This week we were studying 1 Timothy 3 & 4. In 1 Timothy 3, Paul is giving Timothy instructions for how church leadership (overseers/pastors) and believers (deacons/servants) are to conduct themselves.

Here is a trustworthy saying: Whoever aspires to be an overseer desires a noble task. Now the overseer is to be above reproach, faithful to his wife,temperate, self-controlled, respectable, hospitable, able to teach, not given to drunkenness, not violent but gentle, not quarrelsome, not a lover of money. He must manage his own family well and see that his children obey him, and he must do so in a manner worthy of full[a] respect. (If anyone does not know how to manage his own family, how can he take care of God’s church?) He must not be a recent convert, or he may become conceited and fall under the same judgment as the devil. He must also have a good reputation with outsiders, so that he will not fall into disgrace and into the devil’s trap.

In the same way, deacons[b] are to be worthy of respect, sincere, not indulging in much wine, and not pursuing dishonest gain. They must keep hold of the deep truths of the faith with a clear conscience. 10 They must first be tested; and then if there is nothing against them, let them serve as deacons.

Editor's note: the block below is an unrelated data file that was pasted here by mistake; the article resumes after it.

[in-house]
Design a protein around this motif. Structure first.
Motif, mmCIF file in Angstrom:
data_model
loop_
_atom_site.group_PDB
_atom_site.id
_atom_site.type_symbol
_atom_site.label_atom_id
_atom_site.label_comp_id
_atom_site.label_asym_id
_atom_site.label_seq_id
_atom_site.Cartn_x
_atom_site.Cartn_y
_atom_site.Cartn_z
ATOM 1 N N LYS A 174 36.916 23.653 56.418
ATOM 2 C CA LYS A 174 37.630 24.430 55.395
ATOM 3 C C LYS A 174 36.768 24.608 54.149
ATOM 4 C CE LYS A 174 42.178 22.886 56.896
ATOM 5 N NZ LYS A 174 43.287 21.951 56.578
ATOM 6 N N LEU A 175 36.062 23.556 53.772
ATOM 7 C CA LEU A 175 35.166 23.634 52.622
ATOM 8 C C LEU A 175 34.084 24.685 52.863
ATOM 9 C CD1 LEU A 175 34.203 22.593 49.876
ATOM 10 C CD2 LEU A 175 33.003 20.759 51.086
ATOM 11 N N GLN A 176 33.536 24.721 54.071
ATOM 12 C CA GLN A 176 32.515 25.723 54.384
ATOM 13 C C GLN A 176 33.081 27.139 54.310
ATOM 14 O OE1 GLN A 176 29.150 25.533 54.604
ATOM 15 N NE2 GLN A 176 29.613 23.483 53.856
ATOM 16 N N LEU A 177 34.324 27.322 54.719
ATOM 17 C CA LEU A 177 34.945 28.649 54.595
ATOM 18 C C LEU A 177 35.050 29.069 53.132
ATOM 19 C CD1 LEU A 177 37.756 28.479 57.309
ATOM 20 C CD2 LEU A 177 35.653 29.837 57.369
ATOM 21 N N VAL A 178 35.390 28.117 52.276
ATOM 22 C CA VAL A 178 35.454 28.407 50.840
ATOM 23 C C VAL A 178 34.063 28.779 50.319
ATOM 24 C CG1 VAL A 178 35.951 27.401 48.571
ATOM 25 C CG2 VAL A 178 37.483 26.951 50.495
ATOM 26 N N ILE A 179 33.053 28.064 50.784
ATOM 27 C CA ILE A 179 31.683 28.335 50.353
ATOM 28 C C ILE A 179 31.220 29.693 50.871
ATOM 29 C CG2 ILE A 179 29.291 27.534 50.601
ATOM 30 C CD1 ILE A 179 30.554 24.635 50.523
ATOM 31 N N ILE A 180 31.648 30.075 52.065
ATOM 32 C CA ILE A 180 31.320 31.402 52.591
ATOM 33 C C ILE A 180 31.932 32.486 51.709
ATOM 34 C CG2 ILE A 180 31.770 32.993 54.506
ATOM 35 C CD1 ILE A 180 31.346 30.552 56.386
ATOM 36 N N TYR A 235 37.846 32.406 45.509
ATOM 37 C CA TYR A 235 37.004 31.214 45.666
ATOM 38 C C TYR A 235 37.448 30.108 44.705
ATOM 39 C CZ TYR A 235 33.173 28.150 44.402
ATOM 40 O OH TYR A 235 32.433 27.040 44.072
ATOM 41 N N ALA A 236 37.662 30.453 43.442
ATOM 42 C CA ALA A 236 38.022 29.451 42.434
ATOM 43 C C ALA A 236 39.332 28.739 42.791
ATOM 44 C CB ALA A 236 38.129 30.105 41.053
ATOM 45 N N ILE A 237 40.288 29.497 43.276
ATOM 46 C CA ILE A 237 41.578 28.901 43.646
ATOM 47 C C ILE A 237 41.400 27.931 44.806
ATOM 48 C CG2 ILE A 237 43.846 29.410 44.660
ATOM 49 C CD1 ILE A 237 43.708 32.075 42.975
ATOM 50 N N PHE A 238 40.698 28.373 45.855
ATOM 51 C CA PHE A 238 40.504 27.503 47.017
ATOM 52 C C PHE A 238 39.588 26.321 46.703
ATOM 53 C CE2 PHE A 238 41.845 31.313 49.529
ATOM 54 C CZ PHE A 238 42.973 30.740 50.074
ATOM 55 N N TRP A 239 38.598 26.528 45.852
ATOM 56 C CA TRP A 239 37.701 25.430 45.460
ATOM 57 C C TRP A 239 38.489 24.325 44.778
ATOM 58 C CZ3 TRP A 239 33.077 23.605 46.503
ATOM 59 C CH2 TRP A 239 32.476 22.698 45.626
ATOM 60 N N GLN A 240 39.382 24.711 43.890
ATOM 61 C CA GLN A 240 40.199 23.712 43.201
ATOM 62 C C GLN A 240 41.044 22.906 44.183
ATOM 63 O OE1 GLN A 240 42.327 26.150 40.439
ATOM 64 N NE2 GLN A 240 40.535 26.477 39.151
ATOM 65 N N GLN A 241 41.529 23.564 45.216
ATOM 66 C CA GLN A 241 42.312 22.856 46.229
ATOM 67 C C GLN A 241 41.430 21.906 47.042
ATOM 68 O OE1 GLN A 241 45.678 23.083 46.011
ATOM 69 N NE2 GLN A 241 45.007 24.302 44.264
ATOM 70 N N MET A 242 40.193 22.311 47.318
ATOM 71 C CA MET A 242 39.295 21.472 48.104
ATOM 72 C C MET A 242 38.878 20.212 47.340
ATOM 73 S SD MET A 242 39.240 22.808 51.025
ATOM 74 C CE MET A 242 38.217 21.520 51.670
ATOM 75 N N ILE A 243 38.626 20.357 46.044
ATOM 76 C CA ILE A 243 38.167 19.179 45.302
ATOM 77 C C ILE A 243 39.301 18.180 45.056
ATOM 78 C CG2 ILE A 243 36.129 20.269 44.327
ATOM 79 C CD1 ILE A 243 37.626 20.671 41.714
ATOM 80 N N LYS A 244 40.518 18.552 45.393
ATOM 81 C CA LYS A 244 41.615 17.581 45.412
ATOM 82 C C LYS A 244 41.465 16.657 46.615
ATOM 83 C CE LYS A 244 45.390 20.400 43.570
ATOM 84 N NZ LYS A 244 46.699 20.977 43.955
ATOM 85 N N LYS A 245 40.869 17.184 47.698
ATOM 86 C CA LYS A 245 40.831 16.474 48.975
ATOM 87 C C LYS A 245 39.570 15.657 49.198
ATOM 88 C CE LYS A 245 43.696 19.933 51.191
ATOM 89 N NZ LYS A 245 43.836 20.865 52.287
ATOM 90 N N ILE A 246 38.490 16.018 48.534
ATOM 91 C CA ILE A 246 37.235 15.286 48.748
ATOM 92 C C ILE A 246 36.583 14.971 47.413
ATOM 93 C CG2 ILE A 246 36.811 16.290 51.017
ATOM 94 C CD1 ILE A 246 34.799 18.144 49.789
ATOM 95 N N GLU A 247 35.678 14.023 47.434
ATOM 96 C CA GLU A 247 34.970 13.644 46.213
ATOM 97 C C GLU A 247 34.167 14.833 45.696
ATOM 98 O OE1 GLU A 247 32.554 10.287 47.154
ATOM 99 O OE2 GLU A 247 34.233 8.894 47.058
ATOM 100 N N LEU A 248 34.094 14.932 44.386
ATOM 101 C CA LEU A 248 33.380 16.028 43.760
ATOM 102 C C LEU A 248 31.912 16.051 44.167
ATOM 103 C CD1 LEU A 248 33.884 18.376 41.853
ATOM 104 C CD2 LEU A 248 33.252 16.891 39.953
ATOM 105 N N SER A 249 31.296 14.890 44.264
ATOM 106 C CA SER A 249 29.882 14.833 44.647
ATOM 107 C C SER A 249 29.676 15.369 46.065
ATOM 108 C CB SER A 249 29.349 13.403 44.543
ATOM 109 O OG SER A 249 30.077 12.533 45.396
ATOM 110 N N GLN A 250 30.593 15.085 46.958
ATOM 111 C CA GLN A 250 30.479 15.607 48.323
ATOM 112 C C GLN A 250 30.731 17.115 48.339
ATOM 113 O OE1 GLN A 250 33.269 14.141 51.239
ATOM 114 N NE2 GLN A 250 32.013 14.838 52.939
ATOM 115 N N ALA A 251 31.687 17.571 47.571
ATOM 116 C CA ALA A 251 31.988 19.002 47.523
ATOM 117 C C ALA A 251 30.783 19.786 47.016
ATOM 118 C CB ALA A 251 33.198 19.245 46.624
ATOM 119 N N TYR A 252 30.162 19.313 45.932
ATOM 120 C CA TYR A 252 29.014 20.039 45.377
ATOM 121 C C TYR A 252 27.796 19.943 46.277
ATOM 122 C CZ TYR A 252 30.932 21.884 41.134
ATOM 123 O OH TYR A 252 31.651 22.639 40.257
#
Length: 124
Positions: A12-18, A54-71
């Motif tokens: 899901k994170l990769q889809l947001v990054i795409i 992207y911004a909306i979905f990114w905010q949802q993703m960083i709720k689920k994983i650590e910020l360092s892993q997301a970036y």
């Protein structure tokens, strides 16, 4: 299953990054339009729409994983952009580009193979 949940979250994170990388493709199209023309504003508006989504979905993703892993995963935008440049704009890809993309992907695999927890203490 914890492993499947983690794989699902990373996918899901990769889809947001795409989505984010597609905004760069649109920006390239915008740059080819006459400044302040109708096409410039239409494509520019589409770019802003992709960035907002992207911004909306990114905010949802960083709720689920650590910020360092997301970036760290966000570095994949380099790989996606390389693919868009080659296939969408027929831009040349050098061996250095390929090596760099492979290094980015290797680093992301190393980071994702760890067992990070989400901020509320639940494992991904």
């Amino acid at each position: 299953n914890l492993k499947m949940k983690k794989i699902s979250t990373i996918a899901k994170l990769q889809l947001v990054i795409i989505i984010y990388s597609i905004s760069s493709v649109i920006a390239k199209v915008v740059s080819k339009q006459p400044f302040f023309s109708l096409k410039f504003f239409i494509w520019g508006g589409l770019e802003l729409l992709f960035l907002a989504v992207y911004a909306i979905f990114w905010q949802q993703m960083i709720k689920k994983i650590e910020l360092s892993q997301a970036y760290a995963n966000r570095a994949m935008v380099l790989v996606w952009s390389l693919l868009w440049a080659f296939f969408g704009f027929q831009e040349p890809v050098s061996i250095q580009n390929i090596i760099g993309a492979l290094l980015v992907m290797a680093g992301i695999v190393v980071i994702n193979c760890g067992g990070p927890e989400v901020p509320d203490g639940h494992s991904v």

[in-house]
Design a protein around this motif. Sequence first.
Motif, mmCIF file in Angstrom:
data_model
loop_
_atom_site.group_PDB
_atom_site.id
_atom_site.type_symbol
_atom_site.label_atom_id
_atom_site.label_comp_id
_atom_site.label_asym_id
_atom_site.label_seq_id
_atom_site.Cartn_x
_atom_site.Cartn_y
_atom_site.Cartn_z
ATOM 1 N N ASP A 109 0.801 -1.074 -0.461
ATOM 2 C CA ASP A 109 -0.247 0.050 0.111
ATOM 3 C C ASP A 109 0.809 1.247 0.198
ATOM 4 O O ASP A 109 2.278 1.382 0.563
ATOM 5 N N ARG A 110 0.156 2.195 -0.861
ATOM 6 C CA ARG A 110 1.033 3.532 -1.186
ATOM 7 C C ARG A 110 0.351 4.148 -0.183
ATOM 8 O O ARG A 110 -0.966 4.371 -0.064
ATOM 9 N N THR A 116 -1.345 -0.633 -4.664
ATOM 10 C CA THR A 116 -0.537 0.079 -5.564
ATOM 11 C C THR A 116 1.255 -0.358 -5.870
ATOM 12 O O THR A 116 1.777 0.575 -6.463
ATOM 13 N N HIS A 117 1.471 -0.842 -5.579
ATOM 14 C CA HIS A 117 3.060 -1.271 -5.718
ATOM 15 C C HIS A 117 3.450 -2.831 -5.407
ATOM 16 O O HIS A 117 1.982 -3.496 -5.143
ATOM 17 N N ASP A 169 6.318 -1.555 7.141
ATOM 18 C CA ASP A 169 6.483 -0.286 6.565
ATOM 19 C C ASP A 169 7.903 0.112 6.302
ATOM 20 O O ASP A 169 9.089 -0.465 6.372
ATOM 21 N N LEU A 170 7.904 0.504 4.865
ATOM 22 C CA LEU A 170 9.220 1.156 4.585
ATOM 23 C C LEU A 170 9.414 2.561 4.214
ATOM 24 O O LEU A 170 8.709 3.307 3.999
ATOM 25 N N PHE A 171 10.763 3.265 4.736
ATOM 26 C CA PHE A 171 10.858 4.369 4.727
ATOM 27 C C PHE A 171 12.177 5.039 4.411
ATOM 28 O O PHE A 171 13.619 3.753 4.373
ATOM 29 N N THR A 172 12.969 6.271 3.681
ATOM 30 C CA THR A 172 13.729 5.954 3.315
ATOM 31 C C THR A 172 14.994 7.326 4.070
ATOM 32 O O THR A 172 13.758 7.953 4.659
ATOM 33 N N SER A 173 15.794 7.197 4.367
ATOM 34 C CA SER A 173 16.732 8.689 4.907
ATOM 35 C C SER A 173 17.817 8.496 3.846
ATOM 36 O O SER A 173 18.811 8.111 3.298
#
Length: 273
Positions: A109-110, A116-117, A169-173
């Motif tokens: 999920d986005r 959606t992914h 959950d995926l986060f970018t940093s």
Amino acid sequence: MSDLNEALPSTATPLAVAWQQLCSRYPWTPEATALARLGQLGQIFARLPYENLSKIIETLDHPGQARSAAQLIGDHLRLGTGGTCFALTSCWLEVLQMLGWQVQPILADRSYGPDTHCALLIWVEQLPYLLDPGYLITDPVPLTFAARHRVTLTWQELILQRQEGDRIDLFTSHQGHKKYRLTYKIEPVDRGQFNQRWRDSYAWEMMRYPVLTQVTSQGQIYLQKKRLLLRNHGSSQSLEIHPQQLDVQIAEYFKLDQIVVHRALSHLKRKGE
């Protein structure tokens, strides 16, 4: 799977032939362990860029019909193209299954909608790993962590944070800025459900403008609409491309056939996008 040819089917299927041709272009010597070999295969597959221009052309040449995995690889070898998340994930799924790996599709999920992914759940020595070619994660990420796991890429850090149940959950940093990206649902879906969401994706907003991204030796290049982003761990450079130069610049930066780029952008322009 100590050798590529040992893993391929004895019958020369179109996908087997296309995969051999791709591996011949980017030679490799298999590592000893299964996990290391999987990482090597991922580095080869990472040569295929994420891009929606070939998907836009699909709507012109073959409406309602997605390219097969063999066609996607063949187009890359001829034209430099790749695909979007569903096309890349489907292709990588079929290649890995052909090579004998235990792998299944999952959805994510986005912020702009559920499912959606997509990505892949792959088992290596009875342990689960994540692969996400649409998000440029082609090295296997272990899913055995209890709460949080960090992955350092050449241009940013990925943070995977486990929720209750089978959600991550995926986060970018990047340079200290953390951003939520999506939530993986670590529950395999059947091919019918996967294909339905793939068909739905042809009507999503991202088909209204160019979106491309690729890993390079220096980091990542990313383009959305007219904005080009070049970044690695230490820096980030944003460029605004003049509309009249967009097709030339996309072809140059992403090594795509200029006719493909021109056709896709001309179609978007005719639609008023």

11 In the same way, the women[c] are to be worthy of respect, not malicious talkers but temperate and trustworthy in everything.

12 A deacon must be faithful to his wife and must manage his children and his household well. 13 Those who have served well gain an excellent standing and great assurance in their faith in Christ Jesus.

Reasons for Paul’s Instructions

14 Although I hope to come to you soon, I am writing you these instructions so that, 15 if I am delayed, you will know how people ought to conduct themselves in God’s household, which is the church of the living God, the pillar and foundation of the truth.

1 Timothy 3:1-15 (NIV)

Reading this made me ask myself some questions:

  • How am I conducting myself on a daily basis?
  • Am I causing someone else to stumble due to my actions?

Conduct

I am sure that like me, you have encountered pastors/deacons/Christians who act one way in church and in a completely different manner outside of church. Sunday they are smiling away, gracious and kind; Monday they are screaming at their fellow man without any sort of control. Have you ever found yourself acting this way? I have. I am quite guilty of wearing the Christian mask at times. I hate it. I want to be open, honest, and real.

Moving Towards Christ